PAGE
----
Statistical analysis: Declan Murphy.

Obtaining funding: None.

Administrative, technical, or material support: None.

Supervision: Prokar Dsagupta.

Other (specify): None.

Financial disclosures: I certify that all conflicts of interest, including specific financial interests and relationships and affiliations relevant to the subject matter or materials discussed in the manuscript (eg, employment/affiliation, grants or funding, consultancies, honoraria, stock ownership or options, expert testimony, royalties, or patents filed, received, or pending), are the following: None.

Funding/Support and role of the sponsor: No companies had a role or input into the current study.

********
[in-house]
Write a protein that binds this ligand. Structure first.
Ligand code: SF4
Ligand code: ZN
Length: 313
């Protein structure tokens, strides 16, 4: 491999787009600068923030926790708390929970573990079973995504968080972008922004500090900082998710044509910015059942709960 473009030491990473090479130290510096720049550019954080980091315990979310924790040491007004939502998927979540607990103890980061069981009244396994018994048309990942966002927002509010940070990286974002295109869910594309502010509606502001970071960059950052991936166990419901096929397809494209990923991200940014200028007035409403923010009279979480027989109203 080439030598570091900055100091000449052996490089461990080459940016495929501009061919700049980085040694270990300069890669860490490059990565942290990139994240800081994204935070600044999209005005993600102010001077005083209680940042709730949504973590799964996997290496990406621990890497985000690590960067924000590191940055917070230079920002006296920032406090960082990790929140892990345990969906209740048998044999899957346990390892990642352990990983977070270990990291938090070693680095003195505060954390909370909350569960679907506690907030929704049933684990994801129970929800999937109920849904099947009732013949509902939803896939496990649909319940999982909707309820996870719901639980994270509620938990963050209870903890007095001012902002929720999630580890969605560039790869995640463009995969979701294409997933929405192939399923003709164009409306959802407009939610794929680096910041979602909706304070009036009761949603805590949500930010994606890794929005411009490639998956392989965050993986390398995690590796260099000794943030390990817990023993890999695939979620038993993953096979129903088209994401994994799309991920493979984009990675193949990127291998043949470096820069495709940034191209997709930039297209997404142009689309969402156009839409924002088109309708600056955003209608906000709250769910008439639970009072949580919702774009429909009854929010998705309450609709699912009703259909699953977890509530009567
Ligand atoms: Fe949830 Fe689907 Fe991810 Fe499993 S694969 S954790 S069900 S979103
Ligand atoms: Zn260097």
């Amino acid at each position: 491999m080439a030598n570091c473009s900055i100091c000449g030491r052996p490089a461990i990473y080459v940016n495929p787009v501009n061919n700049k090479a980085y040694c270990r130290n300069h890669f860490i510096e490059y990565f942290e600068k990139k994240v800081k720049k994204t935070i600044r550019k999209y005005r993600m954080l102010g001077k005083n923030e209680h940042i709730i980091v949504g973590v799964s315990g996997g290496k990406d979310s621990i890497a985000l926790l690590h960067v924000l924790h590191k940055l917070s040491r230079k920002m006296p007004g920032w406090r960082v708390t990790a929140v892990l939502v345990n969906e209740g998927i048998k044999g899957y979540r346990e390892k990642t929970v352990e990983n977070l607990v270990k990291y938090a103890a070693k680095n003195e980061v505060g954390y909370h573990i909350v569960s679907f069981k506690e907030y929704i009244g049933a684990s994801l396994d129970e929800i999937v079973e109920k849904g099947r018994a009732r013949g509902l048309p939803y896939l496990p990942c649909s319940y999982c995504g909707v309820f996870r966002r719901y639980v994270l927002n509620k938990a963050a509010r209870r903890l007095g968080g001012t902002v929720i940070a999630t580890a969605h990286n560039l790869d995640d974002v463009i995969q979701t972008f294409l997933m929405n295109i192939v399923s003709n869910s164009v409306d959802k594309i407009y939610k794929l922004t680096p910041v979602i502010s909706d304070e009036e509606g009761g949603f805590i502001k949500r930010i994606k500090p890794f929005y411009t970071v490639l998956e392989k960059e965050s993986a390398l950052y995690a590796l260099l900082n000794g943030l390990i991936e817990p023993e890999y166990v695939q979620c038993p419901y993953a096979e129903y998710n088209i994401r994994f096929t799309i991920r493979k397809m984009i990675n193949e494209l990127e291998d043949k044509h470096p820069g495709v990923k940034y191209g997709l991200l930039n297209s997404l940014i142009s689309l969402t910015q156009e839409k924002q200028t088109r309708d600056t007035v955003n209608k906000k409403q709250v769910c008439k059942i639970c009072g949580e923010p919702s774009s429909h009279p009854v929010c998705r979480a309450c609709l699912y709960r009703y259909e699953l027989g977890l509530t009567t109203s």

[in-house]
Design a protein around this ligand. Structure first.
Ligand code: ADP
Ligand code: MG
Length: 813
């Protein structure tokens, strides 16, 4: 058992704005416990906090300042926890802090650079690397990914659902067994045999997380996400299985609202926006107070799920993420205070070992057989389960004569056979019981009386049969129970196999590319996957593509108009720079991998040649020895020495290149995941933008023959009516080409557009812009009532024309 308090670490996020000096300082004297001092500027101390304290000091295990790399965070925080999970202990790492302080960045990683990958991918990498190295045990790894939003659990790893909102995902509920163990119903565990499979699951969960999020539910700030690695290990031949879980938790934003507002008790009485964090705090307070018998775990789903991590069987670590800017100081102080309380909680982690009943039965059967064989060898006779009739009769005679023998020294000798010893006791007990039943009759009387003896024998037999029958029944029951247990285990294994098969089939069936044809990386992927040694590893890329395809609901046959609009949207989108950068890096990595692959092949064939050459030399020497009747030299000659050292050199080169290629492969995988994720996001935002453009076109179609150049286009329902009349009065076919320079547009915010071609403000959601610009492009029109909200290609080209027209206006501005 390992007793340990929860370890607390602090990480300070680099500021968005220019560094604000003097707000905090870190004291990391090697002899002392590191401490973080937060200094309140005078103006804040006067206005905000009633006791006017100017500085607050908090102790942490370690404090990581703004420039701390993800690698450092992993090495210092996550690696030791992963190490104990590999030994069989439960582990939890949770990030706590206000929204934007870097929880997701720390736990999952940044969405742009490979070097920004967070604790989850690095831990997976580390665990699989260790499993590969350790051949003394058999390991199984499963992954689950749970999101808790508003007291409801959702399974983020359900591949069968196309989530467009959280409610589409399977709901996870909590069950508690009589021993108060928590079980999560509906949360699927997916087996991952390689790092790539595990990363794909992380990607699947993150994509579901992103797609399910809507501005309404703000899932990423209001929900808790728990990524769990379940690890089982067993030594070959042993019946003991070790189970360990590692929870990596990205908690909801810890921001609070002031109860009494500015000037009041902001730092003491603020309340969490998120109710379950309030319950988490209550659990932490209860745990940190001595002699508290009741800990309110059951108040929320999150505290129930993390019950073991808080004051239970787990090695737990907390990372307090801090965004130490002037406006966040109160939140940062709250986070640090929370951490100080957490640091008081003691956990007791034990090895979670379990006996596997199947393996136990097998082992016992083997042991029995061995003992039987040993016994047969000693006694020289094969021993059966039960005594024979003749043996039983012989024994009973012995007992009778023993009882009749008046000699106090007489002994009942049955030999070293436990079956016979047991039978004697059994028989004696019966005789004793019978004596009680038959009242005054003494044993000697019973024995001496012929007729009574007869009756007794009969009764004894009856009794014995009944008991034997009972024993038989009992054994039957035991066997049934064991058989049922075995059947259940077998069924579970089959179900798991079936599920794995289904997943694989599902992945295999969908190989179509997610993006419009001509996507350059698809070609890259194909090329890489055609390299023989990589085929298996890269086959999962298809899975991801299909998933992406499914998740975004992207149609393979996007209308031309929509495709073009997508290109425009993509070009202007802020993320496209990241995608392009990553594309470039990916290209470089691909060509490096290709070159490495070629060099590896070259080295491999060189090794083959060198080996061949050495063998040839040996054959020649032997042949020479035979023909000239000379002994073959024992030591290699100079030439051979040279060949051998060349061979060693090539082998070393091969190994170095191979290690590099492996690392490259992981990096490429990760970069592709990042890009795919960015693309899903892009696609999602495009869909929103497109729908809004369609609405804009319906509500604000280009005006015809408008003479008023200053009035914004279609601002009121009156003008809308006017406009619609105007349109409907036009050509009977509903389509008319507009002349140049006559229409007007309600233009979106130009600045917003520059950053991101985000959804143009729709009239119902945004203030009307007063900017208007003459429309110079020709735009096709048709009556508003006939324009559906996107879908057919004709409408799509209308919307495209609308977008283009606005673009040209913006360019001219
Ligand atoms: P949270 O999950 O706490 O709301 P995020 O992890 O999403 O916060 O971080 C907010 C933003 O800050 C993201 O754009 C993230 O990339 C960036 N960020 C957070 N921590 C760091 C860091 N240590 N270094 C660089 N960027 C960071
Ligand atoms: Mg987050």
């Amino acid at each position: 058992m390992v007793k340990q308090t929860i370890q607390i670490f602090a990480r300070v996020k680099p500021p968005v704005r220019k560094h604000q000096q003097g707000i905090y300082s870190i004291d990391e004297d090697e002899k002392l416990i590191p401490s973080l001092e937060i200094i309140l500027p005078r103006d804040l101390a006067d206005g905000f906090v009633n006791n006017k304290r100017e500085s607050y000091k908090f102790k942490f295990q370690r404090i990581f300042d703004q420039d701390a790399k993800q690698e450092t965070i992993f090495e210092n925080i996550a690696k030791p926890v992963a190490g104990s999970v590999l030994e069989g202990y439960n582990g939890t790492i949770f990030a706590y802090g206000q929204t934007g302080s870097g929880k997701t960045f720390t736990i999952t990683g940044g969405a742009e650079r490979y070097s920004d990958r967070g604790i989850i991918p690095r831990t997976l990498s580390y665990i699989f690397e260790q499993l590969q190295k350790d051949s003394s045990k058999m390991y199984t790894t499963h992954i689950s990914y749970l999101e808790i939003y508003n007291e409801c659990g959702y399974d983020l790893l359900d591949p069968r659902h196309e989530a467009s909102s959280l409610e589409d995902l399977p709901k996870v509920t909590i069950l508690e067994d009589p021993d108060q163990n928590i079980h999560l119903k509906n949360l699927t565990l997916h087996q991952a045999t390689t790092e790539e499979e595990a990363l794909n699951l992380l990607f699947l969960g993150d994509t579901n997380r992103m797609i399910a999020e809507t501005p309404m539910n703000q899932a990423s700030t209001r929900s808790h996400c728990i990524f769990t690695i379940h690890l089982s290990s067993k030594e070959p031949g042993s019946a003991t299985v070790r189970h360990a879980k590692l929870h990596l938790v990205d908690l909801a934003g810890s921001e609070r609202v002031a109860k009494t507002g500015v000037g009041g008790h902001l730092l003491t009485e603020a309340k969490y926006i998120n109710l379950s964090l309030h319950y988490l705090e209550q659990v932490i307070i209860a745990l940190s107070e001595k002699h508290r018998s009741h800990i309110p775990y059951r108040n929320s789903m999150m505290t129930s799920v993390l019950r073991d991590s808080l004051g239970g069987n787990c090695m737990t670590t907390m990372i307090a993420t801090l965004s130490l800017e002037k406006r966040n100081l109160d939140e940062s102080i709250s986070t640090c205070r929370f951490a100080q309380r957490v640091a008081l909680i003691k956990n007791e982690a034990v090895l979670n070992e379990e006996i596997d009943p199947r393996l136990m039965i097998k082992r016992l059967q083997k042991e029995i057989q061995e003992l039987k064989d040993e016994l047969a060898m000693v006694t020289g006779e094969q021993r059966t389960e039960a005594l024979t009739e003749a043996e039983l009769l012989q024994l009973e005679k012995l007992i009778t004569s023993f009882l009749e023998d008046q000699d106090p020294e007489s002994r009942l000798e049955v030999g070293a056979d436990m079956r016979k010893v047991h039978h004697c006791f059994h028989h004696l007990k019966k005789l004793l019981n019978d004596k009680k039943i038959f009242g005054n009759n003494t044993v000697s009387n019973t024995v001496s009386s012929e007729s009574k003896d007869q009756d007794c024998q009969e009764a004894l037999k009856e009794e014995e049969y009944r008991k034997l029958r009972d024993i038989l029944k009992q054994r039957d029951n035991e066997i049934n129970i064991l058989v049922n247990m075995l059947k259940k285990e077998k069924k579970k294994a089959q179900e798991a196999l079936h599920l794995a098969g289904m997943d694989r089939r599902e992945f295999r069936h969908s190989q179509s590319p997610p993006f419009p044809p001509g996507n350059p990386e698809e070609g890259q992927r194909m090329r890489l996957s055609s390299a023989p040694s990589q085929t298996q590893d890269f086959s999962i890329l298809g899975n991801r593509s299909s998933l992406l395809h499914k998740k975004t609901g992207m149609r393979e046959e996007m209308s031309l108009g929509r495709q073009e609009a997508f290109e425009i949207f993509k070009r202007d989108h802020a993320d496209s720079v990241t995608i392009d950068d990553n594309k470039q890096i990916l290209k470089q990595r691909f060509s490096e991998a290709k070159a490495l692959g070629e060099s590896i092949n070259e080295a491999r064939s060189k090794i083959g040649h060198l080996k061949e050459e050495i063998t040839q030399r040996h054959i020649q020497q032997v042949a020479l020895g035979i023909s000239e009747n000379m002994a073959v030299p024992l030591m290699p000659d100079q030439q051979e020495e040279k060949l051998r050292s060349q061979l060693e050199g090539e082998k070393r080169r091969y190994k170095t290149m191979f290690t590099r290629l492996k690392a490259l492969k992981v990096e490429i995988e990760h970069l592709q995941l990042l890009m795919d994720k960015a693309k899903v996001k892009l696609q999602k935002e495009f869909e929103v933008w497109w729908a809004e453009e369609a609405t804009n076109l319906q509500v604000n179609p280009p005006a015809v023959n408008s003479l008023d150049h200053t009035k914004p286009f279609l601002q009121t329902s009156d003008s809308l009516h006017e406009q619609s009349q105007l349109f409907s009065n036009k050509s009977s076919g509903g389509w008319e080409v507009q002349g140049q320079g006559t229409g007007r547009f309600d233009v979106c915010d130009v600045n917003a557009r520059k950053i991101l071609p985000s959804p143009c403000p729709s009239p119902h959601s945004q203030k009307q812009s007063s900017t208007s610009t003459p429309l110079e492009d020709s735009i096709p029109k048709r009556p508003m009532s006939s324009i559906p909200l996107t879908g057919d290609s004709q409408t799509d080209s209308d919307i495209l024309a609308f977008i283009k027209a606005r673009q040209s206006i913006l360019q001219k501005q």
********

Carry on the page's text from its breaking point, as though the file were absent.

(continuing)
Acknowledgement statement: The robotics programme at Guy's Hospital is supported by the Guy's & St Thomas’ Charity and the British Urological Foundation. Declan Murphy is supported by the Ellison-Cliffe Fellowship of the Royal Society of Medicine, the Prostate UK Travelling Fellowship, and the Ethicon Fellowship of the Royal College of Surgeons, Ireland.

Appendix A. Supplementary data


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a Department of Urology, Guy's & St Thomas’ NHS Foundation Trust, London, United Kingdom

b Department of Urology, Eastbourne General Hospital, Eastbourne, United Kingdom

lowast Corresponding author. Department of Urology, 1st Floor Thomas Guy House, Guy's Hospital, London SE1 9RT, UK. Tel. +44 207188 6796; Fax: +44 207188 6787.